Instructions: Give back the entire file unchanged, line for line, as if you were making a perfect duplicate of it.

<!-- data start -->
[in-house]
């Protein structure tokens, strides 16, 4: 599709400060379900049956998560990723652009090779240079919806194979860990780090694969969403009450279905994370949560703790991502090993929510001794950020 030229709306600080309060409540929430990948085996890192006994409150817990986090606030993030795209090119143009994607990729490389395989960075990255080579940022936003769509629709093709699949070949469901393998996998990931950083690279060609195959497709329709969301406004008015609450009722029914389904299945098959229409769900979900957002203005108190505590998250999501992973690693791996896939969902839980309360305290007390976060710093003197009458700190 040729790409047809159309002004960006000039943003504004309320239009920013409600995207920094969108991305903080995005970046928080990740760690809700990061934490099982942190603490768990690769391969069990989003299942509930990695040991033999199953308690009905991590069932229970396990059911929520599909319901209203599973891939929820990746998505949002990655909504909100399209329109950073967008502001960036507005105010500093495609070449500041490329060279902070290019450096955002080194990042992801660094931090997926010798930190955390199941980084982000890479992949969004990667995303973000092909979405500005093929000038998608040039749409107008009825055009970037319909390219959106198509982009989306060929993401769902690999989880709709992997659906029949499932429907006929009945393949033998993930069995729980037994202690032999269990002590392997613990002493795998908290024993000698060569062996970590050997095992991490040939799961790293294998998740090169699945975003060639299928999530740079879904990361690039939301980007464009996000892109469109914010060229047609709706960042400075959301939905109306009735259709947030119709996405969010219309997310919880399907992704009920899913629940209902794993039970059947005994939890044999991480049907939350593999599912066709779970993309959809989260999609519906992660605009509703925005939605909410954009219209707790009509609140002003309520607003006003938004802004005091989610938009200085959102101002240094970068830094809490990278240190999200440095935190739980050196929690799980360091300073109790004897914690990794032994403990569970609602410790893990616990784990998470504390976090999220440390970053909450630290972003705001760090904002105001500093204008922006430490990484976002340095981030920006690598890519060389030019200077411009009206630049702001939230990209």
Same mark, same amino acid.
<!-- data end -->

[in-house]
């Protein structure tokens, strides 16, 4: 599709400060379900049956998560990723652009090779240079919806194979860990780090694969969403009450279905994370949560703790991502090993929510001794950020 030229709306600080309060409540929430990948085996890192006994409150817990986090606030993030795209090119143009994607990729490389395989960075990255080579940022936003769509629709093709699949070949469901393998996998990931950083690279060609195959497709329709969301406004008015609450009722029914389904299945098959229409769900979900957002203005108190505590998250999501992973690693791996896939969902839980309360305290007390976060710093003197009458700190 040729790409047809159309002004960006000039943003504004309320239009920013409600995207920094969108991305903080995005970046928080990740760690809700990061934490099982942190603490768990690769391969069990989003299942509930990695040991033999199953308690009905991590069932229970396990059911929520599909319901209203599973891939929820990746998505949002990655909504909100399209329109950073967008502001960036507005105010500093495609070449500041490329060279902070290019450096955002080194990042992801660094931090997926010798930190955390199941980084982000890479992949969004990667995303973000092909979405500005093929000038998608040039749409107008009825055009970037319909390219959106198509982009989306060929993401769902690999989880709709992997659906029949499932429907006929009945393949033998993930069995729980037994202690032999269990002590392997613990002493795998908290024993000698060569062996970590050997095992991490040939799961790293294998998740090169699945975003060639299928999530740079879904990361690039939301980007464009996000892109469109914010060229047609709706960042400075959301939905109306009735259709947030119709996405969010219309997310919880399907992704009920899913629940209902794993039970059947005994939890044999991480049907939350593999599912066709779970993309959809989260999609519906992660605009509703925005939605909410954009219209707790009509609140002003309520607003006003938004802004005091989610938009200085959102101002240094970068830094809490990278240190999200440095935190739980050196929690799980360091300073109790004897914690990794032994403990569970609602410790893990616990784990998470504390976090999220440390970053909450630290972003705001760090904002105001500093204008922006430490990484976002340095981030920006690598890519060389030019200077411009009206630049702001939230990209």
Same mark, same amino acid.